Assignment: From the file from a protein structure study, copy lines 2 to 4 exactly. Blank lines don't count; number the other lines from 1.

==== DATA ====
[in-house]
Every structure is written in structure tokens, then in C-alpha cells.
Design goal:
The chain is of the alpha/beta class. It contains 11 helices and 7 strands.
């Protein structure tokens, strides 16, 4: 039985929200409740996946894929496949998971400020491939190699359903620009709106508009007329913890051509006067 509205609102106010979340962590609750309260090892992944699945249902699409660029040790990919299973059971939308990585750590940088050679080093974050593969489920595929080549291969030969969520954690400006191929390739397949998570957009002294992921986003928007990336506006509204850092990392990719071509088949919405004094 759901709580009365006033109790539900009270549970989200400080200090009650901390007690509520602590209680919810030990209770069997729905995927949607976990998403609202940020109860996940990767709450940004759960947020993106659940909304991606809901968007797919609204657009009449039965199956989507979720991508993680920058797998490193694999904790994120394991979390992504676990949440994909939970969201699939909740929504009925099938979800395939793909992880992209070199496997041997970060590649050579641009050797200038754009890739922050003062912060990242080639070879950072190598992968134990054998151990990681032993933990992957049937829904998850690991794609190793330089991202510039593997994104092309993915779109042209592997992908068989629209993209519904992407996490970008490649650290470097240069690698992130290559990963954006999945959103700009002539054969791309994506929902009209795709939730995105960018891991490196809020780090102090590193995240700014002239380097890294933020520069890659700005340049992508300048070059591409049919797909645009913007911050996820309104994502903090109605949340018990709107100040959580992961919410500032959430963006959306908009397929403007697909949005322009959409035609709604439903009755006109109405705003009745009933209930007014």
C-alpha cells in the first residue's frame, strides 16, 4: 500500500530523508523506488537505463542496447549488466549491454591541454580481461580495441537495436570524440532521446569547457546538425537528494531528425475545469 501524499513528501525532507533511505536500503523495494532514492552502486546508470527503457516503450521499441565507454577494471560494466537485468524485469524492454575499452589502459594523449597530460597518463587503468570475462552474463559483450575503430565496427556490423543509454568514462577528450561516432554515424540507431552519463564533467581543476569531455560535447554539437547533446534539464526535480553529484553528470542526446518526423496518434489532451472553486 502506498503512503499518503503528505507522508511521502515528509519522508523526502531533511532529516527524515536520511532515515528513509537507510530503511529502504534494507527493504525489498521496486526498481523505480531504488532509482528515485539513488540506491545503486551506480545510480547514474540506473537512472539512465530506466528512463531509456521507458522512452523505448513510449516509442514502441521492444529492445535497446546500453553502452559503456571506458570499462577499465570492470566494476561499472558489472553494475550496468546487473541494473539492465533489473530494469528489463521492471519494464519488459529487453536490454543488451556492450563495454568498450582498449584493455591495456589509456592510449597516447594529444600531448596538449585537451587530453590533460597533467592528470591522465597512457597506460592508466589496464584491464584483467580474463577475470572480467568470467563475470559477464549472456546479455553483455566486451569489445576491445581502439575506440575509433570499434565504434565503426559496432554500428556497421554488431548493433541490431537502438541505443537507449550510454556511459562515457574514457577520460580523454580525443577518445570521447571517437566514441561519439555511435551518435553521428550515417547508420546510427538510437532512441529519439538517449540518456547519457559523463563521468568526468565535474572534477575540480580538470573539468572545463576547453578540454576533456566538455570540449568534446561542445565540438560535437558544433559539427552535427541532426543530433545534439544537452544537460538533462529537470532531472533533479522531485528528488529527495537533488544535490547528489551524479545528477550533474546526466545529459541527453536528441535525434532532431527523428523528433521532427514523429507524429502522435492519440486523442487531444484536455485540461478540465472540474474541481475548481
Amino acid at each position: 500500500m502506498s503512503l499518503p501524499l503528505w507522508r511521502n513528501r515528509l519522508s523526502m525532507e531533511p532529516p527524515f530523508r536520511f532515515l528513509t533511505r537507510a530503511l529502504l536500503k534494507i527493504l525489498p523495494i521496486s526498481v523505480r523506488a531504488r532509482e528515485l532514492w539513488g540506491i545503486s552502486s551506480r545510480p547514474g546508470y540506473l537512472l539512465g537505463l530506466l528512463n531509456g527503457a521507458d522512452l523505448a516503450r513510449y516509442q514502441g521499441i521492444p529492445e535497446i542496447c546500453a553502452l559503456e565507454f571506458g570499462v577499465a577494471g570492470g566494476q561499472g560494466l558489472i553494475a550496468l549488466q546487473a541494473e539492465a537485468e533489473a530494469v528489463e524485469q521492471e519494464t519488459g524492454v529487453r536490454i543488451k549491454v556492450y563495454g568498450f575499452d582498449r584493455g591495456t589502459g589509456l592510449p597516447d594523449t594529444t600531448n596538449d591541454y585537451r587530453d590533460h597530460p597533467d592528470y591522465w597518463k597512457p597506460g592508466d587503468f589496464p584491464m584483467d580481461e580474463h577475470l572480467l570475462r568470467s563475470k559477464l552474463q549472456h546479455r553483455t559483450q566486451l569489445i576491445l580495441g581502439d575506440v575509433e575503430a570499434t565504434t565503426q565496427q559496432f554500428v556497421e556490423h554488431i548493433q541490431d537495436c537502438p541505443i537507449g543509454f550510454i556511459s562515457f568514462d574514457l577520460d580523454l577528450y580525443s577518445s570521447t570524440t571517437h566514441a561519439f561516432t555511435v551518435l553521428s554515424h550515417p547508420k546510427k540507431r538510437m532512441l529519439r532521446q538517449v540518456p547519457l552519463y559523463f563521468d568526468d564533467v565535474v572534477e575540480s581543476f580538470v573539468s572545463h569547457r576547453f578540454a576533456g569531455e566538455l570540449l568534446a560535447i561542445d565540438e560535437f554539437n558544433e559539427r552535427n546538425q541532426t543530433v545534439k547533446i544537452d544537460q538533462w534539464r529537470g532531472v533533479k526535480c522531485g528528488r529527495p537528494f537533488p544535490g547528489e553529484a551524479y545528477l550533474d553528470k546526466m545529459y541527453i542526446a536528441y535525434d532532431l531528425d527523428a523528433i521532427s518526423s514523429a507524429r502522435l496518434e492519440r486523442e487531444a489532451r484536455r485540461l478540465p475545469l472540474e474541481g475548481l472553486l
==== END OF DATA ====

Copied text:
Every structure is written in structure tokens, then in C-alpha cells.
Design goal:
The chain is of the alpha/beta class. It contains 11 helices and 7 strands.